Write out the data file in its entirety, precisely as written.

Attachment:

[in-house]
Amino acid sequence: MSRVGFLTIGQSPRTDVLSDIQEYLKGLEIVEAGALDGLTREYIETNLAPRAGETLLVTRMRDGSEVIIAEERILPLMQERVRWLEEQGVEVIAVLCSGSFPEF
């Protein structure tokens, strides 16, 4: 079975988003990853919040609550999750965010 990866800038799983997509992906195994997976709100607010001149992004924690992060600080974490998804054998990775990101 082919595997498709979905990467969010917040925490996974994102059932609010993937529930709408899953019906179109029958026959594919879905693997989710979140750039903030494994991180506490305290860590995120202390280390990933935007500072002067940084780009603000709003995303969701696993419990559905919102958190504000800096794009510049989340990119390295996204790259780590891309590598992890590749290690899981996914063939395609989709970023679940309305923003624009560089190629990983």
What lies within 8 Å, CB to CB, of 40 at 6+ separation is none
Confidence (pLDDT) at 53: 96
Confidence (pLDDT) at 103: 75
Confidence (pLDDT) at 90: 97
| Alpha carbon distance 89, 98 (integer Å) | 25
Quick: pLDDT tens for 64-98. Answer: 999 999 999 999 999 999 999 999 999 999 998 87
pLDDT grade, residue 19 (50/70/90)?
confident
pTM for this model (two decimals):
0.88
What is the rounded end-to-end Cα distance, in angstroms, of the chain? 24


[in-house]
Amino acid sequence: MSRVGFLTIGQSPRTDVLSDIQEYLKGLEIVEAGALDGLTREYIETNLAPRAGETLLVTRMRDGSEVIIAEERILPLMQERVRWLEEQGVEVIAVLCSGSFPEF
């Protein structure tokens, strides 16, 4: 079975988003990853919040609550999750965010 990866800038799983997509992906195994997976709100607010001149992004924690992060600080974490998804054998990775990101 082919595997498709979905990467969010917040925490996974994102059932609010993937529930709408899953019906179109029958026959594919879905693997989710979140750039903030494994991180506490305290860590995120202390280390990933935007500072002067940084780009603000709003995303969701696993419990559905919102958190504000800096794009510049989340990119390295996204790259780590891309590598992890590749290690899981996914063939395609989709970023679940309305923003624009560089190629990983």
What lies within 8 Å, CB to CB, of 40 at 6+ separation is none
Confidence (pLDDT) at 53: 96
Confidence (pLDDT) at 103: 75
Confidence (pLDDT) at 90: 97
| Alpha carbon distance 89, 98 (integer Å) | 25
Quick: pLDDT tens for 64-98. Answer: 999 999 999 999 999 999 999 999 999 999 998 87
pLDDT grade, residue 19 (50/70/90)?
confident
pTM for this model (two decimals):
0.88
What is the rounded end-to-end Cα distance, in angstroms, of the chain? 24